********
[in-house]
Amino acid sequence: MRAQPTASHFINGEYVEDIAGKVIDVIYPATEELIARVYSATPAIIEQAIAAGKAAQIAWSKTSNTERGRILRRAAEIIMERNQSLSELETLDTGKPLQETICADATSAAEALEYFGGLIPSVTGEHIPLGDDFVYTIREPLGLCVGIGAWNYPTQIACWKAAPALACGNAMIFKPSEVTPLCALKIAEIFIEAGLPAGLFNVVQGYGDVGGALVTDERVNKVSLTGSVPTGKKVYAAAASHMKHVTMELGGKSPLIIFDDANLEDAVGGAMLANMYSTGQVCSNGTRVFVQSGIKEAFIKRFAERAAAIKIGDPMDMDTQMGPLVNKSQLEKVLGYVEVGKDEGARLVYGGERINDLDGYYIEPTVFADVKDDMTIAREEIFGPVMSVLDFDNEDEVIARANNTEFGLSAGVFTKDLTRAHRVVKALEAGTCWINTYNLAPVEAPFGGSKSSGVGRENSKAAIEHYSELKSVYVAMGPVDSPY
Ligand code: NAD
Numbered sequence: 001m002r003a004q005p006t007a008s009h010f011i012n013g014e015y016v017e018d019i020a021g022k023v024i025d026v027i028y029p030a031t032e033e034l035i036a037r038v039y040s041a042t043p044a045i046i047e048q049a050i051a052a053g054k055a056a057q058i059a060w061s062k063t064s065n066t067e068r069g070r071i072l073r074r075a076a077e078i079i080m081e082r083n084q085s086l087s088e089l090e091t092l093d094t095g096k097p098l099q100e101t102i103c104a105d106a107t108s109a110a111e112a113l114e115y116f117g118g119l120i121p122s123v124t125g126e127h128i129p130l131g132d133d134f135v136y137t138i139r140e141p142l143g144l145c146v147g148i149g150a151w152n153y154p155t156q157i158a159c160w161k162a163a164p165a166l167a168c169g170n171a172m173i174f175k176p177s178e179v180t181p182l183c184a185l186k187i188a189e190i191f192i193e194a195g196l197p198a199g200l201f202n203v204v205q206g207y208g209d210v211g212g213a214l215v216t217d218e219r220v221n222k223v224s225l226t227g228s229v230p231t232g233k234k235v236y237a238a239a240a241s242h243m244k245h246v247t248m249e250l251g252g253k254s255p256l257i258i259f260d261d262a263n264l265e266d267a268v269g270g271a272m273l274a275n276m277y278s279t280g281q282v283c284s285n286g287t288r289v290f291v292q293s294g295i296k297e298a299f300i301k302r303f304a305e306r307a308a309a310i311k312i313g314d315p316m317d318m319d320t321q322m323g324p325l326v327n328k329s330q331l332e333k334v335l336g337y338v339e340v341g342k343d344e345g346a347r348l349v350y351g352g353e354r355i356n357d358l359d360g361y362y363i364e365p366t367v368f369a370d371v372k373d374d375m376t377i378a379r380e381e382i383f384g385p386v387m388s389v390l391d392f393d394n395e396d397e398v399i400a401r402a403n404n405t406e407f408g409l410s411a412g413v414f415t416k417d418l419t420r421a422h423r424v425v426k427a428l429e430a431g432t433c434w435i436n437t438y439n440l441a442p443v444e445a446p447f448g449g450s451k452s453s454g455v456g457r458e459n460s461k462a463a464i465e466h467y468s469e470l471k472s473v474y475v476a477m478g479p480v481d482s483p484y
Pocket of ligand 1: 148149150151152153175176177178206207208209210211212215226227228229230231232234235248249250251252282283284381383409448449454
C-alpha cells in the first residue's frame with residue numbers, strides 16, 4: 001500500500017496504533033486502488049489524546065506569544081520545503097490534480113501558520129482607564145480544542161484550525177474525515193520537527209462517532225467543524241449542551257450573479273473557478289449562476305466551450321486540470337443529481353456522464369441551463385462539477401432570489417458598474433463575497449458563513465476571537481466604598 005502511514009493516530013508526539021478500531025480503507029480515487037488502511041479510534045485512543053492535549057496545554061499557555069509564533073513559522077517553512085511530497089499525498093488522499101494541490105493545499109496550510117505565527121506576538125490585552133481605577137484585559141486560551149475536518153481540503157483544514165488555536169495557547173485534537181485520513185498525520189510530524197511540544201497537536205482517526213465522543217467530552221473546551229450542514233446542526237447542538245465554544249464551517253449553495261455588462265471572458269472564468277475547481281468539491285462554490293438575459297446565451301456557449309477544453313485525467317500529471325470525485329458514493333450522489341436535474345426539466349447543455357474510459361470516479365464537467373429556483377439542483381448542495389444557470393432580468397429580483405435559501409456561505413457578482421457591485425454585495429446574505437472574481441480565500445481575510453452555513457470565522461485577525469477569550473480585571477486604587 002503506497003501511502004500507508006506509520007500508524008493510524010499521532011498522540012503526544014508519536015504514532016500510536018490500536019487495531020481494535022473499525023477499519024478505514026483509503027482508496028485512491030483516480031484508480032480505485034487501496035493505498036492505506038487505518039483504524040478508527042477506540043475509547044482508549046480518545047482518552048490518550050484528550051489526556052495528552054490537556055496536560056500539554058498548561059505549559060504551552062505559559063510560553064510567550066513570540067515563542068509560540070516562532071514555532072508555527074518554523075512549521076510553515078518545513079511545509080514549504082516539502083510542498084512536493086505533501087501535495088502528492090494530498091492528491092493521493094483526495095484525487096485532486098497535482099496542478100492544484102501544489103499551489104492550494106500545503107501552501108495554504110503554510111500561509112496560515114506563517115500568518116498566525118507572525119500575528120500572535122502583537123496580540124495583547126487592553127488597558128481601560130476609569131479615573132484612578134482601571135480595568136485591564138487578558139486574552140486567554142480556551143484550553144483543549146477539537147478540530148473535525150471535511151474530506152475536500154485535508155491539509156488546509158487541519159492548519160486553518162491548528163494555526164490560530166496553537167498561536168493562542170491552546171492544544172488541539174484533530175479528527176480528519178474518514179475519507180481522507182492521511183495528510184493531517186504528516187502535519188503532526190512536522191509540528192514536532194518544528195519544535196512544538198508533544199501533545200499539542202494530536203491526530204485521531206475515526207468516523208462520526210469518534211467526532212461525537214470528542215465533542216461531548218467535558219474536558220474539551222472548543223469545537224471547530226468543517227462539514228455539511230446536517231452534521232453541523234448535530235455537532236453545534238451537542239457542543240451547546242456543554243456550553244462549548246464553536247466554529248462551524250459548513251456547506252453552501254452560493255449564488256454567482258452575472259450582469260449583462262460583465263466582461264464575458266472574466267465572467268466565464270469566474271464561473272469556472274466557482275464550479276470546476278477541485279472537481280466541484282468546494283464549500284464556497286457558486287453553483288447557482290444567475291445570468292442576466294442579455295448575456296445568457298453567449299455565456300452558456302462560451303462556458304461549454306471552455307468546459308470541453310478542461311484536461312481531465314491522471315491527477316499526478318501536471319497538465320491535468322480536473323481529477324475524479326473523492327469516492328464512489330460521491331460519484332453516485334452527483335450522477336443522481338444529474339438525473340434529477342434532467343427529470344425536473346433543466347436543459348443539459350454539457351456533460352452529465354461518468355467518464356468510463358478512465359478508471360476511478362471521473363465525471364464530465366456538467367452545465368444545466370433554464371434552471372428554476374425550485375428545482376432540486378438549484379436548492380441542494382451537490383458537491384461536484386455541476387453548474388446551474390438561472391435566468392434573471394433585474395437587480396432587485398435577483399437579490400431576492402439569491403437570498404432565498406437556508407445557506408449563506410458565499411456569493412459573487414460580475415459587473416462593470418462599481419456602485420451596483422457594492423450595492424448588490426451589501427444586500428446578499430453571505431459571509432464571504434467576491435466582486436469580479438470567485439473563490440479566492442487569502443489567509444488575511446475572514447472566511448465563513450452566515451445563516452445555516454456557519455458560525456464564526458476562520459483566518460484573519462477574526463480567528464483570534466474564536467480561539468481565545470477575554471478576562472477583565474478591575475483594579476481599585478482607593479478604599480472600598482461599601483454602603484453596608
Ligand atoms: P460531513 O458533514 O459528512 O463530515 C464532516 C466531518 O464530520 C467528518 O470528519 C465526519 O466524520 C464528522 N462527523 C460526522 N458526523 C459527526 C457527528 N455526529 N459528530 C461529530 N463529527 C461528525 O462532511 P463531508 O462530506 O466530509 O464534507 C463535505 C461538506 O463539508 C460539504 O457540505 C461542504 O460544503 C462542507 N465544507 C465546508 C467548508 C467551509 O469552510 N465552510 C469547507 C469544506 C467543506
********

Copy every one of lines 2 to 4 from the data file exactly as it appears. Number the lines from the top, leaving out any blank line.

Amino acid sequence: MRAQPTASHFINGEYVEDIAGKVIDVIYPATEELIARVYSATPAIIEQAIAAGKAAQIAWSKTSNTERGRILRRAAEIIMERNQSLSELETLDTGKPLQETICADATSAAEALEYFGGLIPSVTGEHIPLGDDFVYTIREPLGLCVGIGAWNYPTQIACWKAAPALACGNAMIFKPSEVTPLCALKIAEIFIEAGLPAGLFNVVQGYGDVGGALVTDERVNKVSLTGSVPTGKKVYAAAASHMKHVTMELGGKSPLIIFDDANLEDAVGGAMLANMYSTGQVCSNGTRVFVQSGIKEAFIKRFAERAAAIKIGDPMDMDTQMGPLVNKSQLEKVLGYVEVGKDEGARLVYGGERINDLDGYYIEPTVFADVKDDMTIAREEIFGPVMSVLDFDNEDEVIARANNTEFGLSAGVFTKDLTRAHRVVKALEAGTCWINTYNLAPVEAPFGGSKSSGVGRENSKAAIEHYSELKSVYVAMGPVDSPY
Ligand code: NAD
Numbered sequence: 001m002r003a004q005p006t007a008s009h010f011i012n013g014e015y016v017e018d019i020a021g022k023v024i025d026v027i028y029p030a031t032e033e034l035i036a037r038v039y040s041a042t043p044a045i046i047e048q049a050i051a052a053g054k055a056a057q058i059a060w061s062k063t064s065n066t067e068r069g070r071i072l073r074r075a076a077e078i079i080m081e082r083n084q085s086l087s088e089l090e091t092l093d094t095g096k097p098l099q100e101t102i103c104a105d106a107t108s109a110a111e112a113l114e115y116f117g118g119l120i121p122s123v124t125g126e127h128i129p130l131g132d133d134f135v136y137t138i139r140e141p142l143g144l145c146v147g148i149g150a151w152n153y154p155t156q157i158a159c160w161k162a163a164p165a166l167a168c169g170n171a172m173i174f175k176p177s178e179v180t181p182l183c184a185l186k187i188a189e190i191f192i193e194a195g196l197p198a199g200l201f202n203v204v205q206g207y208g209d210v211g212g213a214l215v216t217d218e219r220v221n222k223v224s225l226t227g228s229v230p231t232g233k234k235v236y237a238a239a240a241s242h243m244k245h246v247t248m249e250l251g252g253k254s255p256l257i258i259f260d261d262a263n264l265e266d267a268v269g270g271a272m273l274a275n276m277y278s279t280g281q282v283c284s285n286g287t288r289v290f291v292q293s294g295i296k297e298a299f300i301k302r303f304a305e306r307a308a309a310i311k312i313g314d315p316m317d318m319d320t321q322m323g324p325l326v327n328k329s330q331l332e333k334v335l336g337y338v339e340v341g342k343d344e345g346a347r348l349v350y351g352g353e354r355i356n357d358l359d360g361y362y363i364e365p366t367v368f369a370d371v372k373d374d375m376t377i378a379r380e381e382i383f384g385p386v387m388s389v390l391d392f393d394n395e396d397e398v399i400a401r402a403n404n405t406e407f408g409l410s411a412g413v414f415t416k417d418l419t420r421a422h423r424v425v426k427a428l429e430a431g432t433c434w435i436n437t438y439n440l441a442p443v444e445a446p447f448g449g450s451k452s453s454g455v456g457r458e459n460s461k462a463a464i465e466h467y468s469e470l471k472s473v474y475v476a477m478g479p480v481d482s483p484y